We’ll be test playing with wild cards next week. We’ll see if they live up to their promise! Wild cards also have a special role in our new multiplayer game…more on that later.
Would you like to see wild card letters in Swamp Talk? Share your thoughts with the development team in the comment box below.
If you’ve made it up past Level 5 in either 100 Letters or Survival game mode, you’ve earned yourself at least one letter pod. These are handy places where you can stash a letter before it’s been placed on your line. Letter pods are a recent addition to the Swamp Talk game design, and we’re still deciding how best to use them.
The design team would like to know your perspective. How do you use letter pods? What do you think of them? Do you enjoy the added flexibility, or do they slow you down too much?
One option we’re considering is to reduce the number of letter pods at the highest level of the game from 3 to 2. There will still be ample rewards for advancement, as we are adding wildcards in the next version (more on wildcards later!). What do you think? Do you treasure that third letter pod, or is it expendable?
This morning was another Test Play session at Tertl Studos. Kate and her brother Jonah stopped by to check out Swamp Talk and offer their feedback. Kate admitted, “I’m usually really bad with technology– I tend to break things. I like that I’m not breaking it so far.” She laughed. “I like that I can use it and it doesn’t confuse me. It’s fun. I think I should be doing better at it– I’m a writer!”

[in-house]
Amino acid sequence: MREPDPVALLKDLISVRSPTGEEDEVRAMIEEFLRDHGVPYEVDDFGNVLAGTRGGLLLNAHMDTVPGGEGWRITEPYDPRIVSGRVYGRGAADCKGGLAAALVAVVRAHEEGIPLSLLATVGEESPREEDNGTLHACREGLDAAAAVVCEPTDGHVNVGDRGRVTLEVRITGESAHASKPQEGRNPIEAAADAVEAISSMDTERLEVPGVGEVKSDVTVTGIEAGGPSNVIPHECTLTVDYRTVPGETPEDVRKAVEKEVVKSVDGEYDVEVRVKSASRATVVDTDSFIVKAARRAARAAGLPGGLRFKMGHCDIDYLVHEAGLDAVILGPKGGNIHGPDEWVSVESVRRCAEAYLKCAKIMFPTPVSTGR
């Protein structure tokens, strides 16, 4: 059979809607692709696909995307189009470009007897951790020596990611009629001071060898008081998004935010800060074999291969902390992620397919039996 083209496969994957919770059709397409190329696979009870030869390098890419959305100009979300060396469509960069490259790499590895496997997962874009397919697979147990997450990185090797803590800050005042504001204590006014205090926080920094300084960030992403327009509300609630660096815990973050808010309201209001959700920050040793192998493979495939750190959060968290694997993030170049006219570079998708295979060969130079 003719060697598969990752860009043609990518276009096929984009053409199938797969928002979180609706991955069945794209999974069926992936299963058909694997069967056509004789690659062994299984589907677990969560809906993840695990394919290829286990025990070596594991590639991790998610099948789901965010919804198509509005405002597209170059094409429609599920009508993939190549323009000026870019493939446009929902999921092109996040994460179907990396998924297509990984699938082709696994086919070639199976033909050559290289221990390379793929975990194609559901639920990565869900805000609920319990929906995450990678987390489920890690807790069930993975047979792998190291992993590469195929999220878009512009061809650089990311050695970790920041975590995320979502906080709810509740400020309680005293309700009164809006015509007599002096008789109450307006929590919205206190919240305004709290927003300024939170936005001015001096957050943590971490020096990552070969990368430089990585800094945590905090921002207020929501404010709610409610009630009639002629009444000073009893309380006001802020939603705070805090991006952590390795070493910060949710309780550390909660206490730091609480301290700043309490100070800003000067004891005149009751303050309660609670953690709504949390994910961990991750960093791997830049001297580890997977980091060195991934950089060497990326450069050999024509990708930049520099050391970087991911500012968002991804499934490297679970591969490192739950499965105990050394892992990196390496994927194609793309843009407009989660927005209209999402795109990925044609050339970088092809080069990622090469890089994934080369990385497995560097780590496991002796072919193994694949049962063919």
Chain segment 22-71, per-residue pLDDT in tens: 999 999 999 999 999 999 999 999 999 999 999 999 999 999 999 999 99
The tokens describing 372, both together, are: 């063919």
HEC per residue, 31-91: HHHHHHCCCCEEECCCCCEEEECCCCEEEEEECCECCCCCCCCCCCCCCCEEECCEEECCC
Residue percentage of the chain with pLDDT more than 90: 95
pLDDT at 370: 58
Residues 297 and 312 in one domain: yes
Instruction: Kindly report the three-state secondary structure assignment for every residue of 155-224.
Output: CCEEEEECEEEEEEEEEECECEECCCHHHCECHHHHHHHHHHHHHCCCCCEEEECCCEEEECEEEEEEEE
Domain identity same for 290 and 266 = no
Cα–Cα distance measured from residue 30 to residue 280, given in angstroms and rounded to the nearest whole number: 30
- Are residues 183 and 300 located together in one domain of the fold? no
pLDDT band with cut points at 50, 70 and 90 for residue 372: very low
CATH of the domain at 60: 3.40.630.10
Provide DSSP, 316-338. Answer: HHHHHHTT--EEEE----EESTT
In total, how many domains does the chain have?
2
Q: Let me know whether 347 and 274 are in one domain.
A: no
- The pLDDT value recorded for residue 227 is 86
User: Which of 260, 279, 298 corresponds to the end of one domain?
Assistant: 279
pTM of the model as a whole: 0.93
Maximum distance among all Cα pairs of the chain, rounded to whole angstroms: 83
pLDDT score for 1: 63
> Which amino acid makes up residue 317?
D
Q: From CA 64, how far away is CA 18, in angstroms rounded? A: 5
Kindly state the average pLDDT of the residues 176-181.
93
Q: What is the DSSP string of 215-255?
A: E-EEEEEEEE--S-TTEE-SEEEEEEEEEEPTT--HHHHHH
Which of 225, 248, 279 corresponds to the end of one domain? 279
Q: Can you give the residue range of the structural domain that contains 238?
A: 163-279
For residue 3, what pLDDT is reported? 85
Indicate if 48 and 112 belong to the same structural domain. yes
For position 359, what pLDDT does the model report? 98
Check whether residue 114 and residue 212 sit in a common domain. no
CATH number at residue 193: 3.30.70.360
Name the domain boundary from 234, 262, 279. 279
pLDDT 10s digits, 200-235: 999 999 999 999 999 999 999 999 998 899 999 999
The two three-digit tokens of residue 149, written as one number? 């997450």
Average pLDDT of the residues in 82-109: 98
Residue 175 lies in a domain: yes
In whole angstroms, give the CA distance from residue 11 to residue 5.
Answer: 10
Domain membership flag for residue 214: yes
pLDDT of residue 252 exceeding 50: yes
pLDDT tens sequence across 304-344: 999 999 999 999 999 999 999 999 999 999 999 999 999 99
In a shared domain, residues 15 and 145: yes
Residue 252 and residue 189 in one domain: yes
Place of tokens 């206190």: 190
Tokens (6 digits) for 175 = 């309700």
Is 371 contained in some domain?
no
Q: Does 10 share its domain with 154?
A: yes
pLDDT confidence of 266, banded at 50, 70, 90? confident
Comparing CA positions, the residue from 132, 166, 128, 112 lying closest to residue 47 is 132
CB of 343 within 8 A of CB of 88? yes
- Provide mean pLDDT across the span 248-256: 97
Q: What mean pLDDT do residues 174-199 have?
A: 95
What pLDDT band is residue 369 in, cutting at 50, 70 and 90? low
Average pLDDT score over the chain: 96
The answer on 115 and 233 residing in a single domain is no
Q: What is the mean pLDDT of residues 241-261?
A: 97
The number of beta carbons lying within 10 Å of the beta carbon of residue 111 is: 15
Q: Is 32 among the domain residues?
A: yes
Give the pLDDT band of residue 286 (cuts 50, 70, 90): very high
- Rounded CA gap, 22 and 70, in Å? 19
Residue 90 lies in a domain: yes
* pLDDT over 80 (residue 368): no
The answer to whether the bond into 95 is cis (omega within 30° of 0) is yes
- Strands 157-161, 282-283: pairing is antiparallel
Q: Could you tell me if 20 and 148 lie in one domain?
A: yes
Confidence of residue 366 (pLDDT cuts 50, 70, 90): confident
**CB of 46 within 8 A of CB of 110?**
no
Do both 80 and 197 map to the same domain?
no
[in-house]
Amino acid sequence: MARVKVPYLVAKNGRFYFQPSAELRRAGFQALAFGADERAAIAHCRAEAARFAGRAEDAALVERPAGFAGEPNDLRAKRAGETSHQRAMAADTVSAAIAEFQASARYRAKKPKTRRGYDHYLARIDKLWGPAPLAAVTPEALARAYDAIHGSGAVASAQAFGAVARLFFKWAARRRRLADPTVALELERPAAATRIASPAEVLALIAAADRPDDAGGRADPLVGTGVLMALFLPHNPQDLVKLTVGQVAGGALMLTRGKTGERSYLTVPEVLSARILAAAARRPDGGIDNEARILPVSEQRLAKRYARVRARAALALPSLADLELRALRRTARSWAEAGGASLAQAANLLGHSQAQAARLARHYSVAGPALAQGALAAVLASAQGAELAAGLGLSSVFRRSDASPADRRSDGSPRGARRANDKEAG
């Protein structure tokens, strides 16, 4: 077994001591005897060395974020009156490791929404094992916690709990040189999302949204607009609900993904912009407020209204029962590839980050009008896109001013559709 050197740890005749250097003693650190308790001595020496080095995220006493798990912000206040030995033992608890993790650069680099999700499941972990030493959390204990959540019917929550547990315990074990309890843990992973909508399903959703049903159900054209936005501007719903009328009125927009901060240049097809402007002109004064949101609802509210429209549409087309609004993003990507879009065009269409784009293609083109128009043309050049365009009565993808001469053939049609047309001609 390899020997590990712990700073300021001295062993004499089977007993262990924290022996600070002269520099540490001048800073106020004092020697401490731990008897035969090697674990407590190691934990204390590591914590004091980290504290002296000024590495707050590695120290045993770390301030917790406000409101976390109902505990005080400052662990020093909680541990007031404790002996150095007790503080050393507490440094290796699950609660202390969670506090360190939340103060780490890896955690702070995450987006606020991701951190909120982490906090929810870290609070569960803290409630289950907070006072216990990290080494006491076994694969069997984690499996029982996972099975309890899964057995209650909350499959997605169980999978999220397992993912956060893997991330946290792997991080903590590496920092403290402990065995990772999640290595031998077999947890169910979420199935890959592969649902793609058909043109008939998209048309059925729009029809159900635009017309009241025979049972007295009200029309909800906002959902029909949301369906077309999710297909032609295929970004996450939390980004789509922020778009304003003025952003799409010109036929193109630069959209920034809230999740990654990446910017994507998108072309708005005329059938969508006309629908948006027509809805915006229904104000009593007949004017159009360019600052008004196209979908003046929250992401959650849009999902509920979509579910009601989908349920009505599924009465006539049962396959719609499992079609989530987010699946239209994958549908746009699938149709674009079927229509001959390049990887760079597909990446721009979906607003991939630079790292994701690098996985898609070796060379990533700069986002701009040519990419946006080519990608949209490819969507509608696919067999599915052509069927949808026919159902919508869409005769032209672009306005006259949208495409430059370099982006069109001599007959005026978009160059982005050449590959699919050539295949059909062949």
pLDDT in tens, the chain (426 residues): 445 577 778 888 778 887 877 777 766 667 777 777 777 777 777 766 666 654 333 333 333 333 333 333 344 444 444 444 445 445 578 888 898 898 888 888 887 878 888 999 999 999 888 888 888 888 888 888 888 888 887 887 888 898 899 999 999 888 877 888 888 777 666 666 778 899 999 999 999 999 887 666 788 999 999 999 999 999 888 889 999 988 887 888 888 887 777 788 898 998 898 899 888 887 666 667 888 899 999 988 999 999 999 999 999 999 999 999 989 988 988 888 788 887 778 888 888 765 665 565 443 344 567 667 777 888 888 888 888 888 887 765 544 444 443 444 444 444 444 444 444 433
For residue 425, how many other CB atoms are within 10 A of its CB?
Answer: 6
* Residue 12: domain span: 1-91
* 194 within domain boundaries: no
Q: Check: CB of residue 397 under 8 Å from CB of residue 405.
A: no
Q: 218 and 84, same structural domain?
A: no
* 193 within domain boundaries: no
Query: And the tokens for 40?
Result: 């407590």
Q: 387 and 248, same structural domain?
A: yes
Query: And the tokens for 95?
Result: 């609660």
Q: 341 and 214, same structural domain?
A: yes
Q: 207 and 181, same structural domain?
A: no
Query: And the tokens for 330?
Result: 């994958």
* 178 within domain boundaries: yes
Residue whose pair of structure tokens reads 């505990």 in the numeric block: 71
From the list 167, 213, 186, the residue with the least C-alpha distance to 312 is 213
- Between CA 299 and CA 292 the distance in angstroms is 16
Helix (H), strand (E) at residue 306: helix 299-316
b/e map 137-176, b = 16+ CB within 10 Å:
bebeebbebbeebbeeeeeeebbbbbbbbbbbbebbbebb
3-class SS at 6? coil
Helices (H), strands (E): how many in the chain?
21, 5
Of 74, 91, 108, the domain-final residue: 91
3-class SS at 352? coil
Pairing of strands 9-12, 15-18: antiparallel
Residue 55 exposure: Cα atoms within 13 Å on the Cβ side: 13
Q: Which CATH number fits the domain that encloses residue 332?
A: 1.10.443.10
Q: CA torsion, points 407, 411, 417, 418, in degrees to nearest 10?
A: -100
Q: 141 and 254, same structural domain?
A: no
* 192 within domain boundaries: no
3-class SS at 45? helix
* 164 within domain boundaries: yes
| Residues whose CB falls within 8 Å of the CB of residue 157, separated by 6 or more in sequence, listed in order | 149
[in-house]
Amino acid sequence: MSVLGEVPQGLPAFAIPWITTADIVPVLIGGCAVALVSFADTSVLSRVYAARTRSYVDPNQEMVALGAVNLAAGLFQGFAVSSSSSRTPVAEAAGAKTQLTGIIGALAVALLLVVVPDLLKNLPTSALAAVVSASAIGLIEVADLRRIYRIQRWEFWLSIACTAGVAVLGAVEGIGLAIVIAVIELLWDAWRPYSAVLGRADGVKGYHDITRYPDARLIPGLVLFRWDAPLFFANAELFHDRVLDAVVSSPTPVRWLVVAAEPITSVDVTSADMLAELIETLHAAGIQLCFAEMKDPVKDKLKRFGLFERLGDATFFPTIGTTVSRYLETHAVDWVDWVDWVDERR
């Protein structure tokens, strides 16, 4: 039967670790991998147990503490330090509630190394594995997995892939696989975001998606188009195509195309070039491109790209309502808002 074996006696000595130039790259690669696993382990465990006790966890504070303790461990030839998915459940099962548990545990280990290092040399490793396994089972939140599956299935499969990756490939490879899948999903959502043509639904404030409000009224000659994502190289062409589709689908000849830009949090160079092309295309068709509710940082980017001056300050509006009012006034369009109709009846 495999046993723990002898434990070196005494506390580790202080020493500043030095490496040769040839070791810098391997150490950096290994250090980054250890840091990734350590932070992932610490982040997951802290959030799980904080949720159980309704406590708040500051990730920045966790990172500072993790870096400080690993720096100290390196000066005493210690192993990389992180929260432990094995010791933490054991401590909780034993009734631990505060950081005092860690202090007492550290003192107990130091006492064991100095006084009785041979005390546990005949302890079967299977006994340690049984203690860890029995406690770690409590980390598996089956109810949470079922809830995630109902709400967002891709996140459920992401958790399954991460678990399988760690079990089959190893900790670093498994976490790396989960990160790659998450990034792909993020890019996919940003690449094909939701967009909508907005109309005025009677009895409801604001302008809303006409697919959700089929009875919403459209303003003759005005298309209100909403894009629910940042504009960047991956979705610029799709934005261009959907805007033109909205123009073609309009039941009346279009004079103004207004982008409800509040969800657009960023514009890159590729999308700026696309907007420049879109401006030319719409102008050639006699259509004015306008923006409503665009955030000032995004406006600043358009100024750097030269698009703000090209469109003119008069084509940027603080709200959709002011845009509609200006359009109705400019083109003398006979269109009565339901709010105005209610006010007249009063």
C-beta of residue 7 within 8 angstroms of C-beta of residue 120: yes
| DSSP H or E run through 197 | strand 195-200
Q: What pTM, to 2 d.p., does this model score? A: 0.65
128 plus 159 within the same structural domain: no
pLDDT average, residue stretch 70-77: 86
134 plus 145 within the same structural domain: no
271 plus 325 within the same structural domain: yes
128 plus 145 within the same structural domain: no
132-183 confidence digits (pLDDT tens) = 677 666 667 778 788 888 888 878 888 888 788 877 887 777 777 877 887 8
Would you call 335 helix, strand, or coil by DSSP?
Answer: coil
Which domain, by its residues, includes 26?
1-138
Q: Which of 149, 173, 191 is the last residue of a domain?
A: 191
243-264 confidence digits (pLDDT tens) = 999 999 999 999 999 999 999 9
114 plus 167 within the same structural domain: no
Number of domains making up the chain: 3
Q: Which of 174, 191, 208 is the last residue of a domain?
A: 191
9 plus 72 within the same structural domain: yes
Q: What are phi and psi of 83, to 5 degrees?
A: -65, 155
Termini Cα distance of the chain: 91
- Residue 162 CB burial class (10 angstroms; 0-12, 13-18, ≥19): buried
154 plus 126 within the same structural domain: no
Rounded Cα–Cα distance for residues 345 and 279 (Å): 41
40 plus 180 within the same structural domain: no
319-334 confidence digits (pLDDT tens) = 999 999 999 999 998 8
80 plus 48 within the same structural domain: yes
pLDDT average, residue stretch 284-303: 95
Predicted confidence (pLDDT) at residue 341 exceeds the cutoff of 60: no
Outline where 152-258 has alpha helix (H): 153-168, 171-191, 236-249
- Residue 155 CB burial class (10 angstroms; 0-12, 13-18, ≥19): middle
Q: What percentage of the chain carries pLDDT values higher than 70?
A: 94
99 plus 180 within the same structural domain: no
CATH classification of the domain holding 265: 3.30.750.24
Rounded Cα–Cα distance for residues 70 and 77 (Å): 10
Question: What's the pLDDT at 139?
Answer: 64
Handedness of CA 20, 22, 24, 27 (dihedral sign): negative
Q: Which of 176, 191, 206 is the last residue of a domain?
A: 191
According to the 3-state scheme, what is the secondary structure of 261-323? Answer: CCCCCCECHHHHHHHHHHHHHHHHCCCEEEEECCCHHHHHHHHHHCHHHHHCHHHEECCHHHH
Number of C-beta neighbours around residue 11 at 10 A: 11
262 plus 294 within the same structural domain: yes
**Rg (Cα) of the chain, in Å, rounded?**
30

Jonah declared, “It has enough simplicity. It’s not too complicated, but not too easy. Most of the word games I’ve played eventually turn into Scrabble, but this one doesn’t.”
We saw a bit of sibling rivalry as brother and sister attempted to one-up each other with long words and high scores.
Thanks also to Eli and Gabe for coming in to play! Special thanks to Gabe for bringing a friend.
There will be another test play tomorrow, from 10 to 12:30 at 29 College St. Follow the signs and come on in!
Today Tertl Studos welcomed seven intrepid game testers to try out Swamp Talk and give our programming team feedback on the game as we head to submission to the App Store. Thanks to Jen, Julia, Nina, Pat, Julia, Finn and Ben for hanging out and having fun. Is our game addictive? Julia barely looked up for 45 minutes! And Jen declared that “time attack mode is going to give me a heart attack!”
If you missed the fun, we’ll be test playing again next week, Monday-Thursday June 27-30, from 10-12:30 each day (drop in anytime). Join us at 29 College St., Montpelier (the yellow Pacem building on the college green). Bring your own iPhone and we’ll give you the game, or use one of our devices to play. Come be a part of the first iPhone game designed in Montpelier!